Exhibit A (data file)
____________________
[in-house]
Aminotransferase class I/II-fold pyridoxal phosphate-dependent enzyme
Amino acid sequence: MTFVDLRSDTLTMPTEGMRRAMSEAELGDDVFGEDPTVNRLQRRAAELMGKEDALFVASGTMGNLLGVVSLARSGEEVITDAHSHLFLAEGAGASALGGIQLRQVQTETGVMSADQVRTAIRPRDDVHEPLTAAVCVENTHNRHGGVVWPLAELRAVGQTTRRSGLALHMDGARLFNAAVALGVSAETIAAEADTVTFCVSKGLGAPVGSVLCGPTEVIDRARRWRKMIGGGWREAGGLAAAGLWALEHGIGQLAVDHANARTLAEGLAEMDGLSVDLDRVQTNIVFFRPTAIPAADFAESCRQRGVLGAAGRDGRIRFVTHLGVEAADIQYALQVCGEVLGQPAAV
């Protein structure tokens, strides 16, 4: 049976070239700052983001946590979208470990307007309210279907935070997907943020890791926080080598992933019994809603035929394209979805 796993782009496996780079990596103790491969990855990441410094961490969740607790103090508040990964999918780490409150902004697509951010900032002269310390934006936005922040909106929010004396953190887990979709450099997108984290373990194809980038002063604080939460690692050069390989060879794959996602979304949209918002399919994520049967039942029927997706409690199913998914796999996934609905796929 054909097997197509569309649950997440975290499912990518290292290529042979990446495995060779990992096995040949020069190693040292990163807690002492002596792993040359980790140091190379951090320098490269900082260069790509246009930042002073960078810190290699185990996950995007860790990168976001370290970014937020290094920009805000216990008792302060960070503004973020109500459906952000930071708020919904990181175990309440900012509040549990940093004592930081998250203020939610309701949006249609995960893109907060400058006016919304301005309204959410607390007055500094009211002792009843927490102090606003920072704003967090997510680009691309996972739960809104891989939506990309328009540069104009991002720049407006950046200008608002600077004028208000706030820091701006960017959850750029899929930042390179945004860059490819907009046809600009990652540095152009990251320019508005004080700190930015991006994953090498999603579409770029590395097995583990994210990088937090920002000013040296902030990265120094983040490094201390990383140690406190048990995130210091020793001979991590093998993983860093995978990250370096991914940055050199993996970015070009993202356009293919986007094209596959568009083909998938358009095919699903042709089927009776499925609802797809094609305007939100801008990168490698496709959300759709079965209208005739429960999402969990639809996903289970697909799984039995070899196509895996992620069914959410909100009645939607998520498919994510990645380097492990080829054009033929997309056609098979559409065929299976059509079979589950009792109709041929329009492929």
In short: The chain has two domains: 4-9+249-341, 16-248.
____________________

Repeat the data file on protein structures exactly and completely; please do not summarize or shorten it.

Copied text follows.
[in-house]
Aminotransferase class I/II-fold pyridoxal phosphate-dependent enzyme
Amino acid sequence: MTFVDLRSDTLTMPTEGMRRAMSEAELGDDVFGEDPTVNRLQRRAAELMGKEDALFVASGTMGNLLGVVSLARSGEEVITDAHSHLFLAEGAGASALGGIQLRQVQTETGVMSADQVRTAIRPRDDVHEPLTAAVCVENTHNRHGGVVWPLAELRAVGQTTRRSGLALHMDGARLFNAAVALGVSAETIAAEADTVTFCVSKGLGAPVGSVLCGPTEVIDRARRWRKMIGGGWREAGGLAAAGLWALEHGIGQLAVDHANARTLAEGLAEMDGLSVDLDRVQTNIVFFRPTAIPAADFAESCRQRGVLGAAGRDGRIRFVTHLGVEAADIQYALQVCGEVLGQPAAV
């Protein structure tokens, strides 16, 4: 049976070239700052983001946590979208470990307007309210279907935070997907943020890791926080080598992933019994809603035929394209979805 796993782009496996780079990596103790491969990855990441410094961490969740607790103090508040990964999918780490409150902004697509951010900032002269310390934006936005922040909106929010004396953190887990979709450099997108984290373990194809980038002063604080939460690692050069390989060879794959996602979304949209918002399919994520049967039942029927997706409690199913998914796999996934609905796929 054909097997197509569309649950997440975290499912990518290292290529042979990446495995060779990992096995040949020069190693040292990163807690002492002596792993040359980790140091190379951090320098490269900082260069790509246009930042002073960078810190290699185990996950995007860790990168976001370290970014937020290094920009805000216990008792302060960070503004973020109500459906952000930071708020919904990181175990309440900012509040549990940093004592930081998250203020939610309701949006249609995960893109907060400058006016919304301005309204959410607390007055500094009211002792009843927490102090606003920072704003967090997510680009691309996972739960809104891989939506990309328009540069104009991002720049407006950046200008608002600077004028208000706030820091701006960017959850750029899929930042390179945004860059490819907009046809600009990652540095152009990251320019508005004080700190930015991006994953090498999603579409770029590395097995583990994210990088937090920002000013040296902030990265120094983040490094201390990383140690406190048990995130210091020793001979991590093998993983860093995978990250370096991914940055050199993996970015070009993202356009293919986007094209596959568009083909998938358009095919699903042709089927009776499925609802797809094609305007939100801008990168490698496709959300759709079965209208005739429960999402969990639809996903289970697909799984039995070899196509895996992620069914959410909100009645939607998520498919994510990645380097492990080829054009033929997309056609098979559409065929299976059509079979589950009792109709041929329009492929």
In short: The chain has two domains: 4-9+249-341, 16-248.